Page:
Quantcast

pod vs pollen influence on trait inheritance?

Slippertalk Orchid Forum

Help Support Slippertalk Orchid Forum:

myxodex

Well-Known Member
Joined
Aug 19, 2006
Messages
607
Reaction score
3
Location
London, UK
I was wondering whether there are any "rules of thumb" concerning dependency of trait inheritance on whether a parent in a hybrid is the pod or pollen parent?
My query is about the whole plant not just the flower. Does anyone of you have any ideas. I ask because I recently read something that inferred (indirectly) that the flower stalk length will be closer to that of the pod parent than the pollen parent. Is this true ?
Cheers,
Tim
 
J

Jmoney

Guest
I ain't no breeder. but I hear that color is frequently more influenced by the pod, since (presumably) the bulk of the plastids are inherited from that parent. mitochondria too but not sure how that influences the flowers...or perhaps growth traits, who knows.
 

ScottMcC

Well-Known Member
Joined
Jun 15, 2006
Messages
155
Reaction score
0
Location
San Antonio, TX
it makes sense that various traits can be differentially inherited from the "mother" and "father," because this certainly occurs in animals, and even people. there are some diseases that can only be passed down from either men or women. this phenomenon is known as genetic imprinting, and the most famous example of this is Angelman syndrome and Prader-Willi syndrome. Same mutation, totally different results based on which parent passes it down.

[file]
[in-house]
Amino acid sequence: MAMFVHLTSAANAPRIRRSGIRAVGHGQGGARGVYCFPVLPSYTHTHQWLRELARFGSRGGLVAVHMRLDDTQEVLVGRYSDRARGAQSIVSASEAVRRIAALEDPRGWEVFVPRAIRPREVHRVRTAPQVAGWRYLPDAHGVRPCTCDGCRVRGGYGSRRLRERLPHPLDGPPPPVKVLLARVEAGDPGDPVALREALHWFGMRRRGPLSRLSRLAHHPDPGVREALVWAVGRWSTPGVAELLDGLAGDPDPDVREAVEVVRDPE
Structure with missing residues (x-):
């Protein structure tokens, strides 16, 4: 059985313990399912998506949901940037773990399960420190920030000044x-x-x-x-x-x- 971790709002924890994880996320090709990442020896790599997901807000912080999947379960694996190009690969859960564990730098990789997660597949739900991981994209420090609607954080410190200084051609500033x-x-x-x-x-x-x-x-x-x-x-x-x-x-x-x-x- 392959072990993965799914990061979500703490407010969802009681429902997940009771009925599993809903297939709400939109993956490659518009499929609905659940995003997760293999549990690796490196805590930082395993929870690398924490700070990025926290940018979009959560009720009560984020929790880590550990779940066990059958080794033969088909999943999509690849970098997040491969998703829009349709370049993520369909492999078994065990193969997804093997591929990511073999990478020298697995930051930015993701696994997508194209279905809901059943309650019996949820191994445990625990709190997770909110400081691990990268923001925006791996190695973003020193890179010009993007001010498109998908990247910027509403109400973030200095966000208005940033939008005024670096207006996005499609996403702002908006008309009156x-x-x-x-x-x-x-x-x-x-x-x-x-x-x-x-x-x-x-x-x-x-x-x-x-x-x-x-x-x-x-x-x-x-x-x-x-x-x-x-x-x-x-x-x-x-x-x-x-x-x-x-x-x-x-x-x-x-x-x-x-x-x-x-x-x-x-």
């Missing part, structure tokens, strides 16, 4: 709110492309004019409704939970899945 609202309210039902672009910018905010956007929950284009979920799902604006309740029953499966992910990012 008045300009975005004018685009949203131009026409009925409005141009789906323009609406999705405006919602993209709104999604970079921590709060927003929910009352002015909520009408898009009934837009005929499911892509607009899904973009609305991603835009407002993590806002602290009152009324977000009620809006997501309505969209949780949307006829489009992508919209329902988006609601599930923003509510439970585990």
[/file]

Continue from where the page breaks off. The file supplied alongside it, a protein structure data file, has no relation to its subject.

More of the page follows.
unfortunately, I can't give you a specific answer for the situation you described, but hopefully someone knows.
 

paphioland

Well-Known Member
Joined
Aug 26, 2006
Messages
1,457
Reaction score
7
ScottMcC said:
it makes sense that various traits can be differentially inherited from the "mother" and "father," because this certainly occurs in animals, and even people. there are some diseases that can only be passed down from either men or women. this phenomenon is known as genetic imprinting, and the most famous example of this is Angelman syndrome and Prader-Willi syndrome. Same mutation, totally different results based on which parent passes it down.

unfortunately, I can't give you a specific answer for the situation you described, but hopefully someone knows.
Yes genetic imprinting (of different methylation patterns of DNA in sperm vs ovum)definitely occurs in humans and there are multiple examples. There is even some data (although in rats) to suggest that parts of IQ might have some imprinting effects. Hard to measure in humans because besides siblings spouses have the most similar IQ.